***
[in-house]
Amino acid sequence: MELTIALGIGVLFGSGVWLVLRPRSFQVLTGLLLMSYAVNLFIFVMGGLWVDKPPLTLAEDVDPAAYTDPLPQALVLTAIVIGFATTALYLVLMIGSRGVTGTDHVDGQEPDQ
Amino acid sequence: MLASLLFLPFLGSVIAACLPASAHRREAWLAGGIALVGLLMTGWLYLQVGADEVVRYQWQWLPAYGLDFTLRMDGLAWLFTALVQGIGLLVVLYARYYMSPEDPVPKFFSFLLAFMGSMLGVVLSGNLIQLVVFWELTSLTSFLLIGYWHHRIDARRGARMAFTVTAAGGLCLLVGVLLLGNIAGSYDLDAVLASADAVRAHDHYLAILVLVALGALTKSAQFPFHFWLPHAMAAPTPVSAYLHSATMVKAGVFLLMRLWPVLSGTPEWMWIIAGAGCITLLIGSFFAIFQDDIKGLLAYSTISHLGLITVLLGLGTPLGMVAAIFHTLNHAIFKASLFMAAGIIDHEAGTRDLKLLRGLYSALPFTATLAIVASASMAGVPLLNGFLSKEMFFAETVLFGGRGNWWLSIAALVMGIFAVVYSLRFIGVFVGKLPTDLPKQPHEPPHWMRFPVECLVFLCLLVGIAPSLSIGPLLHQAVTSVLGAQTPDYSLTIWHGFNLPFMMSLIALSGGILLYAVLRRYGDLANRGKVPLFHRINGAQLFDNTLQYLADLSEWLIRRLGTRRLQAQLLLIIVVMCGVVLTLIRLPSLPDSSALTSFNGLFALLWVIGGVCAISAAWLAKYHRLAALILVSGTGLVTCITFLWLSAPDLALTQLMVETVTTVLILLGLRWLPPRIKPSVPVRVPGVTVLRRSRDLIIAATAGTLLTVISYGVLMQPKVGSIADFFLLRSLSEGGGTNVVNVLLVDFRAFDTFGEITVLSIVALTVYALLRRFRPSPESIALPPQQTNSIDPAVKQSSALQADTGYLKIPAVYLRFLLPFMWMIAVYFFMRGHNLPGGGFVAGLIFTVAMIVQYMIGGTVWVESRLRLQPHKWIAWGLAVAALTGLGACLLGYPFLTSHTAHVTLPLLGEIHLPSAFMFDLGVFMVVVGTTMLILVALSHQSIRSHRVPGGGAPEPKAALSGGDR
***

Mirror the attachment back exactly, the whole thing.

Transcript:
[in-house]
Amino acid sequence: MELTIALGIGVLFGSGVWLVLRPRSFQVLTGLLLMSYAVNLFIFVMGGLWVDKPPLTLAEDVDPAAYTDPLPQALVLTAIVIGFATTALYLVLMIGSRGVTGTDHVDGQEPDQ
Amino acid sequence: MLASLLFLPFLGSVIAACLPASAHRREAWLAGGIALVGLLMTGWLYLQVGADEVVRYQWQWLPAYGLDFTLRMDGLAWLFTALVQGIGLLVVLYARYYMSPEDPVPKFFSFLLAFMGSMLGVVLSGNLIQLVVFWELTSLTSFLLIGYWHHRIDARRGARMAFTVTAAGGLCLLVGVLLLGNIAGSYDLDAVLASADAVRAHDHYLAILVLVALGALTKSAQFPFHFWLPHAMAAPTPVSAYLHSATMVKAGVFLLMRLWPVLSGTPEWMWIIAGAGCITLLIGSFFAIFQDDIKGLLAYSTISHLGLITVLLGLGTPLGMVAAIFHTLNHAIFKASLFMAAGIIDHEAGTRDLKLLRGLYSALPFTATLAIVASASMAGVPLLNGFLSKEMFFAETVLFGGRGNWWLSIAALVMGIFAVVYSLRFIGVFVGKLPTDLPKQPHEPPHWMRFPVECLVFLCLLVGIAPSLSIGPLLHQAVTSVLGAQTPDYSLTIWHGFNLPFMMSLIALSGGILLYAVLRRYGDLANRGKVPLFHRINGAQLFDNTLQYLADLSEWLIRRLGTRRLQAQLLLIIVVMCGVVLTLIRLPSLPDSSALTSFNGLFALLWVIGGVCAISAAWLAKYHRLAALILVSGTGLVTCITFLWLSAPDLALTQLMVETVTTVLILLGLRWLPPRIKPSVPVRVPGVTVLRRSRDLIIAATAGTLLTVISYGVLMQPKVGSIADFFLLRSLSEGGGTNVVNVLLVDFRAFDTFGEITVLSIVALTVYALLRRFRPSPESIALPPQQTNSIDPAVKQSSALQADTGYLKIPAVYLRFLLPFMWMIAVYFFMRGHNLPGGGFVAGLIFTVAMIVQYMIGGTVWVESRLRLQPHKWIAWGLAVAALTGLGACLLGYPFLTSHTAHVTLPLLGEIHLPSAFMFDLGVFMVVVGTTMLILVALSHQSIRSHRVPGGGAPEPKAALSGGDR